Sunday, July 8, 2012

Horse Blood, Opium, and Murder

Horse Blood, Opium, and Murder: The Life of Richard Meinertzhagen
            The two marks of a great military leader are a brilliant mind and idiotic opponents.  Colonel Richard Meinertzhagen had both.  During World War I, his clever and deceptive tactics proved vital in assuring the British victory in Palestine.  Like most successful military leaders he had a nasty side, but his brilliant deceptions won the day in Palestine, and later influenced the counterintelligence tactics of WWII.
            Growing up in England he was a good friend of Herbert Spencer, the man who coined the term "survival of the fittest".      After a brief stint in business, he joined the British Army and slaughtered some Africans (though he apparently regretted it later).  Also, while in India, he murdered one of his assistants in a fit of rage and got the police to cover it up.  Oh, and did we mention that his wife "accidently shot herself in the head" while the two of them were alone?  As Colonel T.E. Lawrence put it:
"Meinertzhagen knew no half measures. He was logical, an idealist of the deepest, and so possessed by his convictions that he was willing to harness evil to the chariot of good. He was a strategist, a geographer, and a silent laughing masterful man; who took as blithe a pleasure in deceiving his enemy (or his friend) by some unscrupulous jest, as in spattering the brains of a cornered mob of Germans one by one with his African knob-kerri."
- Seven Pillars of Wisdom
            If you creep out T.E. Lawrence you know that you are in trouble.  Anyways, wife-murder aside, lest get on to the reason that most people actually love this guy.
  A nasty man with nasty plans.
            As has already been mentioned, World War I is portrayed as being one of the most boring events in history.  Admittedly, the Western Front was.  However, there is a reason that it is called World War I, and the various sideshows are certainly worth examining.  When the Ottoman Empire joined the war, they ruled an empire that included Palestine.  The British immediately attacked out of Egypt because… well… war and stuff.  The campaign stagnated near Gaza and things quickly descended into trench warfare.  To remedy this, the British tried several unconventional tactics.  First off, they sent Colonel T.E. Lawrence to organize the Arabs into a guerrilla force that would harass the Turkish supply lines.  As for breaking the trenches themselves, they went to Meinertzhagen.
A Turkish howitzer.
            First off, he found out that the Turks were low on cigarettes.  He promptly bought tens of thousands of packs of cigarettes on the black market, wrapped them in propaganda, and dropped them on the Turkish troops.  The Turks dismissively smoked the cigarettes and used the pamphlets as toilet paper.  Unfazed, Meinertzhagen then pulled off one of the most brilliant deceptions of his career.  He took a bag and filled it with plans for an assault on the city of Gaza.  He then filled the bag with cash, a fake letter from a fake officer's wife, and a real code cipher.  He then smeared the bag in horse blood and rode off into the no man's land.  As soon as the Turks opened fire on him, he rode back towards the British lines, dropping the bag as he went.  To cap it off, he then started broadcasting fake orders over the radio that the Turks translated with their new cipher.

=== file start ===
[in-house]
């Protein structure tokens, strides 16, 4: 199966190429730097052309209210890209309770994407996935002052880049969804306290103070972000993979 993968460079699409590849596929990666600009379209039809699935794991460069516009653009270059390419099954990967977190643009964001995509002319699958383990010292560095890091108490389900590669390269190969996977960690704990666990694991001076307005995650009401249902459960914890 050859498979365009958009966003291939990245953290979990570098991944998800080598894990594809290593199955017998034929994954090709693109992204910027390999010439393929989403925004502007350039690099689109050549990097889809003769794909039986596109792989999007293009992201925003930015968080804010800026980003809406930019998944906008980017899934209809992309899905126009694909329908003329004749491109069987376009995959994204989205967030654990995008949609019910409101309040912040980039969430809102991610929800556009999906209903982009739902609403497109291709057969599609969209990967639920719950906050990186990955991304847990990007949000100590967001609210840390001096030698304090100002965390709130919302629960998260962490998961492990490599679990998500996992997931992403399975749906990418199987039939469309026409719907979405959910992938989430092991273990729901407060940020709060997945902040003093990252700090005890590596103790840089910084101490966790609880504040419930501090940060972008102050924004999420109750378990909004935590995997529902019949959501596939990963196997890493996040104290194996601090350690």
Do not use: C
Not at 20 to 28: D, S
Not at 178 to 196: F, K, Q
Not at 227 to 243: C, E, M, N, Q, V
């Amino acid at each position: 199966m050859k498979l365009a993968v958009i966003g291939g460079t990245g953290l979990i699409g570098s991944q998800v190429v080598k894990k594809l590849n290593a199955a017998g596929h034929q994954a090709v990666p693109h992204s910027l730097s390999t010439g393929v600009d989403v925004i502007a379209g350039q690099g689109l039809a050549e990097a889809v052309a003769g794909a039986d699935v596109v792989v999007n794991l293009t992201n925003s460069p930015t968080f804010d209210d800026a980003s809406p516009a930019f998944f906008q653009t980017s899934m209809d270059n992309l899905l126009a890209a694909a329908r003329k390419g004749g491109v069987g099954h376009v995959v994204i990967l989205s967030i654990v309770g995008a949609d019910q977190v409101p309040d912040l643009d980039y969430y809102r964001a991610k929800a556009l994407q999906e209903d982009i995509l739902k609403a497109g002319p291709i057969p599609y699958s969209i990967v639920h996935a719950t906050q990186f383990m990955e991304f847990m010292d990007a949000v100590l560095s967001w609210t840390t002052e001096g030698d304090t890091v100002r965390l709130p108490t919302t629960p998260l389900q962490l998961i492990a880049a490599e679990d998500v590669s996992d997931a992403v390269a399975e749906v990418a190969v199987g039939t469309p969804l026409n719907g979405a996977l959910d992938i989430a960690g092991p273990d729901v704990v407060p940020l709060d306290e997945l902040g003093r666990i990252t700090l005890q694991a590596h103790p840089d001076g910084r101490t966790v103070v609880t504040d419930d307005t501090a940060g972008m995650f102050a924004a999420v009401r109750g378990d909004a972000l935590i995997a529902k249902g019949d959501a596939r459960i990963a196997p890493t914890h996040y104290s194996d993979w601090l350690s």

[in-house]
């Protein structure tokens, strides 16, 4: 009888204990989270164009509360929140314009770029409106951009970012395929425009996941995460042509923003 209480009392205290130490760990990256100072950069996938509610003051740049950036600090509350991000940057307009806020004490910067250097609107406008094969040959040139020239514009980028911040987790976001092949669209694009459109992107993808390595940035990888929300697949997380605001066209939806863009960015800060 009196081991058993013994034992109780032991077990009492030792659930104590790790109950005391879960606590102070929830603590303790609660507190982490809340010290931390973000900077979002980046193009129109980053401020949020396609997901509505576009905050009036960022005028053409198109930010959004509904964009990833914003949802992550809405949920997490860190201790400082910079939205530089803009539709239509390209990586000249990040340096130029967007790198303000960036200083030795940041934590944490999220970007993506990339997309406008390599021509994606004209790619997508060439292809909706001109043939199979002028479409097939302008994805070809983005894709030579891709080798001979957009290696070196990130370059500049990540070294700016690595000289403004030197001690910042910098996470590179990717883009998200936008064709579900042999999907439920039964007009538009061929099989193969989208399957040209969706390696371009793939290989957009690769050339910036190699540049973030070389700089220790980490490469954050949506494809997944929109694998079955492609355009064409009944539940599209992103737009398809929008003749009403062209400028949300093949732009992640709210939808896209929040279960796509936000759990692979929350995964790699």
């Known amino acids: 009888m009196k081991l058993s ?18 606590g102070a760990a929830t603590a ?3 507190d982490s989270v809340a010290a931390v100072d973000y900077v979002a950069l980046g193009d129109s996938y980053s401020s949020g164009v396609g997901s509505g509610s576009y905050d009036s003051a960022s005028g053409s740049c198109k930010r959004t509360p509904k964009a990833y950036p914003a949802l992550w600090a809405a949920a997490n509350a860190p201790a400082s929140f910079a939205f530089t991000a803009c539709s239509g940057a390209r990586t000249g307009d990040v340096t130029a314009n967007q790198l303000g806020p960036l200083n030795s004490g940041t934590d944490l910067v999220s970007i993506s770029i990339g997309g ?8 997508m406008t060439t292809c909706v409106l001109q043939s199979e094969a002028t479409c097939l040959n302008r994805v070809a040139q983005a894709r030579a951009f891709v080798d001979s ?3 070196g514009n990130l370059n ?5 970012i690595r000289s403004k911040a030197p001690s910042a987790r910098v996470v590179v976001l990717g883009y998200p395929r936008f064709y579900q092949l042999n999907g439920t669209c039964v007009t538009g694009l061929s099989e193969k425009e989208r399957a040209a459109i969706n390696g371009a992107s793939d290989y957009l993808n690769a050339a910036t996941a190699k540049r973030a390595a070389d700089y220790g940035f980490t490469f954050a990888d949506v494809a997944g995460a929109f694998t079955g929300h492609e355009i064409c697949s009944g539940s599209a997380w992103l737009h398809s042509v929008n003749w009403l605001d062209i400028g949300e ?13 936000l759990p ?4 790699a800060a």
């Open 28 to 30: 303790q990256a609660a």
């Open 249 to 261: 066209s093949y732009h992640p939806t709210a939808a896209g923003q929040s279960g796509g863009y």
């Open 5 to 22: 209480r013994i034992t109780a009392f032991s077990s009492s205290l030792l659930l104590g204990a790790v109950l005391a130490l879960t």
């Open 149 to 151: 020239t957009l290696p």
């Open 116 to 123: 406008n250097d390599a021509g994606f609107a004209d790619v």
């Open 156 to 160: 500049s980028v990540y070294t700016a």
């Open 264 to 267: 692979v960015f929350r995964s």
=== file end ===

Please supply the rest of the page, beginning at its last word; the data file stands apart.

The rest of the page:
All of this served to keep the main Turkish force tied up in Gaza, leaving the city of Beersheba on their eastern flank lightly defended.  Unfortunately this still meant trenches and machine guns capable of chopping up most assaults.  To remedy this, Meinertzhagen bought a hundred and twenty thousand more black market cigarettes.  These he dropped on the Ottoman lines as well and the Turks again proceeded to smoke them and laugh about how stupid the British were.  This time, however, the cigarettes were laced with Opium and by the time the British attacked most of the defenders were asleep.  The result was the last successful cavalry charge in history as the British smashed through the sleeping defenders and broke the stalemate.
The British charge at Beersheba.
            Later in life, Meinertzhagen became friends with General von Lettow-Vorbeck and spoke with Hitler on several occasions.  A few months before the outbreak of WWII, Meinertzhagen entered the Reichstag to talk with Hitler.  Hitler, being an idiot, didn't have Meinertzhagen searched for firearms and it just so happened that he had a loaded pistol in his pocket.  Obviously he didn't shoot, but historians can still debate what would have happened had he done so.
Military genius and serial killer.
            Evidence later emerged that he had falsified and made up many of his diary entries.  As such, this calls his Hitler anecdote into question.  Consider, however, that Meinertzhagen's talent was deception, and if he fooled historians for decades that at the very least deserves some credit.  During WWII, the British drew inspiration from many of his schemes.  Most notably, they found a dead homeless guy, dressed him up as a colonel, gave him a briefcase full of fake battle plans and dumped him off the coast of Spain.  One cannot deny that Meinertzhagen had the unfortunate tendency of murdering people.  The only thing that can be said in his defense is that his deceptions probably saved more people than he killed.  That and historians love to read about him.

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